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Debt Watch

Fiscal consolidation in the 2010’s will help fight the Coronavirus pandemic.

In 2009-10, the consolidated ‘fiscal balance’ across the Commonwealth and the States and Territories was close to $90 billion (in nominal terms), which amounted to -6.4% of GDP.

The fiscal balance is a better measure of whether a government is running a deficit or surplus than the underlying cash balance (used by the Commonwealth) or the operating balance (used by the state/territories). The fiscal balance (or net lending/borrowing) is the net operating balance less net capital investment. In other words, the fiscal balance includes the impact of infrastructure investment. As such, it better approximates a government’s call on borrowings.

Based on the Final Budget Outcome (Commonwealth) and the various Report on State Finances reports (States/Territories), in 2018-19 the consolidated fiscal balance in the non-financial public sector was -1.8% of GDP (see chart below).

This turnaround in the fiscal balance of 4.6% of GDP in the 2nd decade of this century is remarkable. It has been driven in part by a realisation (post-GFC fiscal response) that governments were approaching their fiscal limits as some states credit ratings were downgraded and many other jurisdictions were put on ‘negative watch’ for a time.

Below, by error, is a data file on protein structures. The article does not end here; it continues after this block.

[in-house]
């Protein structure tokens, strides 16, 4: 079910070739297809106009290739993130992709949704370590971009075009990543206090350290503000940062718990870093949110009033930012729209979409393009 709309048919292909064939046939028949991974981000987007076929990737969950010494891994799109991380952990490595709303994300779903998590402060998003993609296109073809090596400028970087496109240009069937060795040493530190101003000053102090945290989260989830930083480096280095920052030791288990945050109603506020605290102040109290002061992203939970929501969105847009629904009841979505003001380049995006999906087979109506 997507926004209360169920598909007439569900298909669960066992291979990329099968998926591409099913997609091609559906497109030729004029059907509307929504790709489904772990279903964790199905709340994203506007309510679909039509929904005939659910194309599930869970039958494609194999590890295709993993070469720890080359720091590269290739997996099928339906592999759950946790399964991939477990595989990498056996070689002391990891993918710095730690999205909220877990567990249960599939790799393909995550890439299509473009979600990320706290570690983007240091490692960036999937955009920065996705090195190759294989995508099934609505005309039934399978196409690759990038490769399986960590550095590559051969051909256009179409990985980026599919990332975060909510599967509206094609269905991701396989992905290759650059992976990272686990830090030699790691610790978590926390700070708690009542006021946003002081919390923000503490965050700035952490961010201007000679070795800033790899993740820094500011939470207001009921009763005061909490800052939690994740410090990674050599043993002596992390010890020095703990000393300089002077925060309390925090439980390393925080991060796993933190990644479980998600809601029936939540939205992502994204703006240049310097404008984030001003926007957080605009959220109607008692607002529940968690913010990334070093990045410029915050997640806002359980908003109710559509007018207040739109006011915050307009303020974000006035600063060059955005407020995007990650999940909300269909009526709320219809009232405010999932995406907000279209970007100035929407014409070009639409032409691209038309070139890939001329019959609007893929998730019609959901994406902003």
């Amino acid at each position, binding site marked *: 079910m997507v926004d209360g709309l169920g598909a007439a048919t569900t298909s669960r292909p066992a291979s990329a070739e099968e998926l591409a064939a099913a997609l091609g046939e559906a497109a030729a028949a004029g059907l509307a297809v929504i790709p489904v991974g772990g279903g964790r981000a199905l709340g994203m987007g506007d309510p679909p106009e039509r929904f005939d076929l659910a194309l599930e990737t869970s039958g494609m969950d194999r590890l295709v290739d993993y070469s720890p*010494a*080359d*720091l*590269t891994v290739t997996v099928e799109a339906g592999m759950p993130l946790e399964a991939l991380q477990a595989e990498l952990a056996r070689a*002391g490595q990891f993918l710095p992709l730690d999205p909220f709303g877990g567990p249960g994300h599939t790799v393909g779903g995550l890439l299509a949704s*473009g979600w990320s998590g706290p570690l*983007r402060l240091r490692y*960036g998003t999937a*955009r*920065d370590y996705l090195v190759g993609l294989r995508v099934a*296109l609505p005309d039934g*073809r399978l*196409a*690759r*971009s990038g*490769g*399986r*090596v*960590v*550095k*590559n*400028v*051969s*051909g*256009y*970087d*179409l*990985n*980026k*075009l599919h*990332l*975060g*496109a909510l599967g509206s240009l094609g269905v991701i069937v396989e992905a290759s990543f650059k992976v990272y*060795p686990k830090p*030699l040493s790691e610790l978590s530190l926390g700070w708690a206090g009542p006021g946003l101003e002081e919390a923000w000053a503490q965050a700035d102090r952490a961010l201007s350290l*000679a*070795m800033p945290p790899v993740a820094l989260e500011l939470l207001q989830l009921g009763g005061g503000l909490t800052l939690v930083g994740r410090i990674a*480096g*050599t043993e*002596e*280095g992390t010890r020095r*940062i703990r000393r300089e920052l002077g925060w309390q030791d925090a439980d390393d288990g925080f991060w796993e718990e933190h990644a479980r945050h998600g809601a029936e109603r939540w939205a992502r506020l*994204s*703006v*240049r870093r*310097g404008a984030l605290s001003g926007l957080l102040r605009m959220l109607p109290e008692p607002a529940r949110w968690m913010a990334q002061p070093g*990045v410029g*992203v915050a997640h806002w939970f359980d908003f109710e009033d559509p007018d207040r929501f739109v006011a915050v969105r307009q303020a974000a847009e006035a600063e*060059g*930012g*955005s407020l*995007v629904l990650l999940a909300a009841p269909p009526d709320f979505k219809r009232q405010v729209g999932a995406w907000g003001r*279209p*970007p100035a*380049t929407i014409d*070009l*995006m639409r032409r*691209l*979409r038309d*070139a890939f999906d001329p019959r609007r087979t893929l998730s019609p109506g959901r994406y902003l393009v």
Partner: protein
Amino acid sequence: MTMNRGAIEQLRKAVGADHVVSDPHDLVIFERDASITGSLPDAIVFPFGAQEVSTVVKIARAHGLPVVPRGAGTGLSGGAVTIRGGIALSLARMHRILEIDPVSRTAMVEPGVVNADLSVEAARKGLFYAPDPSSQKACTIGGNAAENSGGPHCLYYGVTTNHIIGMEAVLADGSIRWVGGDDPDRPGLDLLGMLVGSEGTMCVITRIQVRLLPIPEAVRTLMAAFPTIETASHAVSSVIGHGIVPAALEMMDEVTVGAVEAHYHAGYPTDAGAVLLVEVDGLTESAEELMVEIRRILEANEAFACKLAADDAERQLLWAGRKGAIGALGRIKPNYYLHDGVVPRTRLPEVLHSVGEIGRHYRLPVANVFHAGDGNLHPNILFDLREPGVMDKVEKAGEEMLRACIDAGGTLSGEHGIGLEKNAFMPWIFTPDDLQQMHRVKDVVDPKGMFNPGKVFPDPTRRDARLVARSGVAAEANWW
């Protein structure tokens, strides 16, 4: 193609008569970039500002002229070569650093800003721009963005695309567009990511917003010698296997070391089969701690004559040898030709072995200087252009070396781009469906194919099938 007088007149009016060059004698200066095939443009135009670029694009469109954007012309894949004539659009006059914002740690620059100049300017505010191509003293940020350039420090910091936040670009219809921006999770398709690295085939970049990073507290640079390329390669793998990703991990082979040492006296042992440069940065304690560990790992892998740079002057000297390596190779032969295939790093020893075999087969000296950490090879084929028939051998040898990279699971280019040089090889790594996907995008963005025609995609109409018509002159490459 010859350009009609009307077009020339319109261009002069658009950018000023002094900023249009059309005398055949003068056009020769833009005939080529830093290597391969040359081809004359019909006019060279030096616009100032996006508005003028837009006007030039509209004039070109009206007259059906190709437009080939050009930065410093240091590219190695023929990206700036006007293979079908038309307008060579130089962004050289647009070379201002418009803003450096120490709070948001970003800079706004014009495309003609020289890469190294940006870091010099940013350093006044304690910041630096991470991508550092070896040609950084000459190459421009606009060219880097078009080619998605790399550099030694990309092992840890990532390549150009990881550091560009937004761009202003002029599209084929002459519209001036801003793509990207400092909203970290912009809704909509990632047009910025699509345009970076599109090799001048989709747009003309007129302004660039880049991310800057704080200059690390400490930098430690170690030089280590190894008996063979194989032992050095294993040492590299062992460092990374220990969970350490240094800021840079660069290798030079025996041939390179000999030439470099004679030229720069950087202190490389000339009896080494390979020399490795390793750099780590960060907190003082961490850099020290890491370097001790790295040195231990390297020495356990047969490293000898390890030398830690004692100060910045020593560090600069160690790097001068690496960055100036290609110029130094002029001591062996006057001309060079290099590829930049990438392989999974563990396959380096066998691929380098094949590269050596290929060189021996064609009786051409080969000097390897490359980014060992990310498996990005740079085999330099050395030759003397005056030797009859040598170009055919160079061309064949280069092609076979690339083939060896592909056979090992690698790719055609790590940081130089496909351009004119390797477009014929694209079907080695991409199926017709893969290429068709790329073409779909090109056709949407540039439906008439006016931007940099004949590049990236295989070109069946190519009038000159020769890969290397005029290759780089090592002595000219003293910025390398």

Recent efforts by the Commonwealth Government have driven most of the fiscal consolidation. Indeed, fully two-thirds of the consolidation in the fiscal balance in the non-financial public sector has been driven by the Commonwealth trying to put the budget back into a sustained surplus in the operating balance (see chart below).

Without the significant budget repair work undertaken this decade, Australia would be in a much worse position in terms of responded to the COVID-19 pandemic. If Australia’s fiscal starting point was 2009-10, there would have been every possibility that credit downgrades may have resulted from the necessary fiscal loosening that is currently being undertaken to buttress the last 2 quarters of 2019-20 and the first quarter of 2020-21.


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